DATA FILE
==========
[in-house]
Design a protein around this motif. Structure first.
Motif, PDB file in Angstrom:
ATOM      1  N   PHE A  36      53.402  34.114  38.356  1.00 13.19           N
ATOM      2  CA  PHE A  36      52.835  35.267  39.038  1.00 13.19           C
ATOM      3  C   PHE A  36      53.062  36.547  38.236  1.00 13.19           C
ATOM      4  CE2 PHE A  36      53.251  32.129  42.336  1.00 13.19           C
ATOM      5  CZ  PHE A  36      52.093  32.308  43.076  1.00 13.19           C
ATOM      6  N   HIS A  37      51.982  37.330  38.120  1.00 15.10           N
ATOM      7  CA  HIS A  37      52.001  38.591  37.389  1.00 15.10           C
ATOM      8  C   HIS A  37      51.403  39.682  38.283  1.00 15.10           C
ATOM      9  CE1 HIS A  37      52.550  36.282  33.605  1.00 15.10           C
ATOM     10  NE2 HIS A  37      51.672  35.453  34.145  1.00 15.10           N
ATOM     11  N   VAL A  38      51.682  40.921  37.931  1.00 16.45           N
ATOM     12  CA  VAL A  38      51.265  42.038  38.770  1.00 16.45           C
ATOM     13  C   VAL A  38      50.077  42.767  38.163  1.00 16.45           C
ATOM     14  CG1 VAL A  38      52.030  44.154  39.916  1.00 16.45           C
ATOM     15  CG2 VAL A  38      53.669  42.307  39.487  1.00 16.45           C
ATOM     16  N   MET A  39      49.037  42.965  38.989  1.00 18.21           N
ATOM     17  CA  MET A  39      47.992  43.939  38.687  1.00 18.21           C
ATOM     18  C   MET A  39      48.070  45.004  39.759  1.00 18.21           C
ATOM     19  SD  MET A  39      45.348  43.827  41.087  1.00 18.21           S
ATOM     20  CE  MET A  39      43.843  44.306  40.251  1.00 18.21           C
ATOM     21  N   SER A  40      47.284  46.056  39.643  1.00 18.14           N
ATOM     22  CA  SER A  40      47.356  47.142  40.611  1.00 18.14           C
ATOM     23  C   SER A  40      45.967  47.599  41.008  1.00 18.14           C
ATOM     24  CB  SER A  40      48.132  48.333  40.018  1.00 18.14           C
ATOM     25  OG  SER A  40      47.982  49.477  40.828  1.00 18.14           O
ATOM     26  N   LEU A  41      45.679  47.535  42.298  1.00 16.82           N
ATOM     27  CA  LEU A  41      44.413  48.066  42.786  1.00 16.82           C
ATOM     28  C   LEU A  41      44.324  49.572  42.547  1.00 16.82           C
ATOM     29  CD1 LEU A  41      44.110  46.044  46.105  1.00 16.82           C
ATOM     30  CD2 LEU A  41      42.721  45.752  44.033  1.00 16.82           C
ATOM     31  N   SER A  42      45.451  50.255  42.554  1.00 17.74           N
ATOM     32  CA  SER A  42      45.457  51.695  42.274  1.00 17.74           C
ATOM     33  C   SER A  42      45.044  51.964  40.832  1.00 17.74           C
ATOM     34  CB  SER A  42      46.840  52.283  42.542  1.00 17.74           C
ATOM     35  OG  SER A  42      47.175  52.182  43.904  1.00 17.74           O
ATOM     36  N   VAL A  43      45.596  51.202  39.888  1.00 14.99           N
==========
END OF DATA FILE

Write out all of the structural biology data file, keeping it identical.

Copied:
[in-house]
Design a protein around this motif. Structure first.
Motif, PDB file in Angstrom:
ATOM      1  N   PHE A  36      53.402  34.114  38.356  1.00 13.19           N
ATOM      2  CA  PHE A  36      52.835  35.267  39.038  1.00 13.19           C
ATOM      3  C   PHE A  36      53.062  36.547  38.236  1.00 13.19           C
ATOM      4  CE2 PHE A  36      53.251  32.129  42.336  1.00 13.19           C
ATOM      5  CZ  PHE A  36      52.093  32.308  43.076  1.00 13.19           C
ATOM      6  N   HIS A  37      51.982  37.330  38.120  1.00 15.10           N
ATOM      7  CA  HIS A  37      52.001  38.591  37.389  1.00 15.10           C
ATOM      8  C   HIS A  37      51.403  39.682  38.283  1.00 15.10           C
ATOM      9  CE1 HIS A  37      52.550  36.282  33.605  1.00 15.10           C
ATOM     10  NE2 HIS A  37      51.672  35.453  34.145  1.00 15.10           N
ATOM     11  N   VAL A  38      51.682  40.921  37.931  1.00 16.45           N
ATOM     12  CA  VAL A  38      51.265  42.038  38.770  1.00 16.45           C
ATOM     13  C   VAL A  38      50.077  42.767  38.163  1.00 16.45           C
ATOM     14  CG1 VAL A  38      52.030  44.154  39.916  1.00 16.45           C
ATOM     15  CG2 VAL A  38      53.669  42.307  39.487  1.00 16.45           C
ATOM     16  N   MET A  39      49.037  42.965  38.989  1.00 18.21           N
ATOM     17  CA  MET A  39      47.992  43.939  38.687  1.00 18.21           C
ATOM     18  C   MET A  39      48.070  45.004  39.759  1.00 18.21           C
ATOM     19  SD  MET A  39      45.348  43.827  41.087  1.00 18.21           S
ATOM     20  CE  MET A  39      43.843  44.306  40.251  1.00 18.21           C
ATOM     21  N   SER A  40      47.284  46.056  39.643  1.00 18.14           N
ATOM     22  CA  SER A  40      47.356  47.142  40.611  1.00 18.14           C
ATOM     23  C   SER A  40      45.967  47.599  41.008  1.00 18.14           C
ATOM     24  CB  SER A  40      48.132  48.333  40.018  1.00 18.14           C
ATOM     25  OG  SER A  40      47.982  49.477  40.828  1.00 18.14           O
ATOM     26  N   LEU A  41      45.679  47.535  42.298  1.00 16.82           N
ATOM     27  CA  LEU A  41      44.413  48.066  42.786  1.00 16.82           C
ATOM     28  C   LEU A  41      44.324  49.572  42.547  1.00 16.82           C
ATOM     29  CD1 LEU A  41      44.110  46.044  46.105  1.00 16.82           C
ATOM     30  CD2 LEU A  41      42.721  45.752  44.033  1.00 16.82           C
ATOM     31  N   SER A  42      45.451  50.255  42.554  1.00 17.74           N
ATOM     32  CA  SER A  42      45.457  51.695  42.274  1.00 17.74           C
ATOM     33  C   SER A  42      45.044  51.964  40.832  1.00 17.74           C
ATOM     34  CB  SER A  42      46.840  52.283  42.542  1.00 17.74           C
ATOM     35  OG  SER A  42      47.175  52.182  43.904  1.00 17.74           O
ATOM     36  N   VAL A  43      45.596  51.202  39.888  1.00 14.99           N